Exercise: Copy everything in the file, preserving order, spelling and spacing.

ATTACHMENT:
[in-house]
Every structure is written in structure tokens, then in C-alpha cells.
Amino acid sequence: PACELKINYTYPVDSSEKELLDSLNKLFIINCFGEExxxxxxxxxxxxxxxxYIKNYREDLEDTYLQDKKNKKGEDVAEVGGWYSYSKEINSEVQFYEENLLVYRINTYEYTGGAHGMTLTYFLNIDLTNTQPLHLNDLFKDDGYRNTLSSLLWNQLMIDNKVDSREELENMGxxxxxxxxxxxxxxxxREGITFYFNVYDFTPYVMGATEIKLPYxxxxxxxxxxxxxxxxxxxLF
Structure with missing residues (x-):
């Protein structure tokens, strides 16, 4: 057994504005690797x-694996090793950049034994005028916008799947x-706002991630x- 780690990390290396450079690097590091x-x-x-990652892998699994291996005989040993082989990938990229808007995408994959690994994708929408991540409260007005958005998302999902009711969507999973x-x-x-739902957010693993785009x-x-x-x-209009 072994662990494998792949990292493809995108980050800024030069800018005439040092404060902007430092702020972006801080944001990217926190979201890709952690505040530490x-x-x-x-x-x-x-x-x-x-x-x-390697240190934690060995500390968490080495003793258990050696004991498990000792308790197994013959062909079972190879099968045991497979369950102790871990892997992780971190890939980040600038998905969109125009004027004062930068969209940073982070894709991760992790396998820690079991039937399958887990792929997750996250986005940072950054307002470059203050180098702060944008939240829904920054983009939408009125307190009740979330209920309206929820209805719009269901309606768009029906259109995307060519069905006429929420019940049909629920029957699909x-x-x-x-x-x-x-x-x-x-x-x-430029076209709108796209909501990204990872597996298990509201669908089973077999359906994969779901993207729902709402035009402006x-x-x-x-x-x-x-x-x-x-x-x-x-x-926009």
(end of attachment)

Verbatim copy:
[in-house]
Every structure is written in structure tokens, then in C-alpha cells.
Amino acid sequence: PACELKINYTYPVDSSEKELLDSLNKLFIINCFGEExxxxxxxxxxxxxxxxYIKNYREDLEDTYLQDKKNKKGEDVAEVGGWYSYSKEINSEVQFYEENLLVYRINTYEYTGGAHGMTLTYFLNIDLTNTQPLHLNDLFKDDGYRNTLSSLLWNQLMIDNKVDSREELENMGxxxxxxxxxxxxxxxxREGITFYFNVYDFTPYVMGATEIKLPYxxxxxxxxxxxxxxxxxxxLF
Structure with missing residues (x-):
């Protein structure tokens, strides 16, 4: 057994504005690797x-694996090793950049034994005028916008799947x-706002991630x- 780690990390290396450079690097590091x-x-x-990652892998699994291996005989040993082989990938990229808007995408994959690994994708929408991540409260007005958005998302999902009711969507999973x-x-x-739902957010693993785009x-x-x-x-209009 072994662990494998792949990292493809995108980050800024030069800018005439040092404060902007430092702020972006801080944001990217926190979201890709952690505040530490x-x-x-x-x-x-x-x-x-x-x-x-390697240190934690060995500390968490080495003793258990050696004991498990000792308790197994013959062909079972190879099968045991497979369950102790871990892997992780971190890939980040600038998905969109125009004027004062930068969209940073982070894709991760992790396998820690079991039937399958887990792929997750996250986005940072950054307002470059203050180098702060944008939240829904920054983009939408009125307190009740979330209920309206929820209805719009269901309606768009029906259109995307060519069905006429929420019940049909629920029957699909x-x-x-x-x-x-x-x-x-x-x-x-430029076209709108796209909501990204990872597996298990509201669908089973077999359906994969779901993207729902709402035009402006x-x-x-x-x-x-x-x-x-x-x-x-x-x-926009």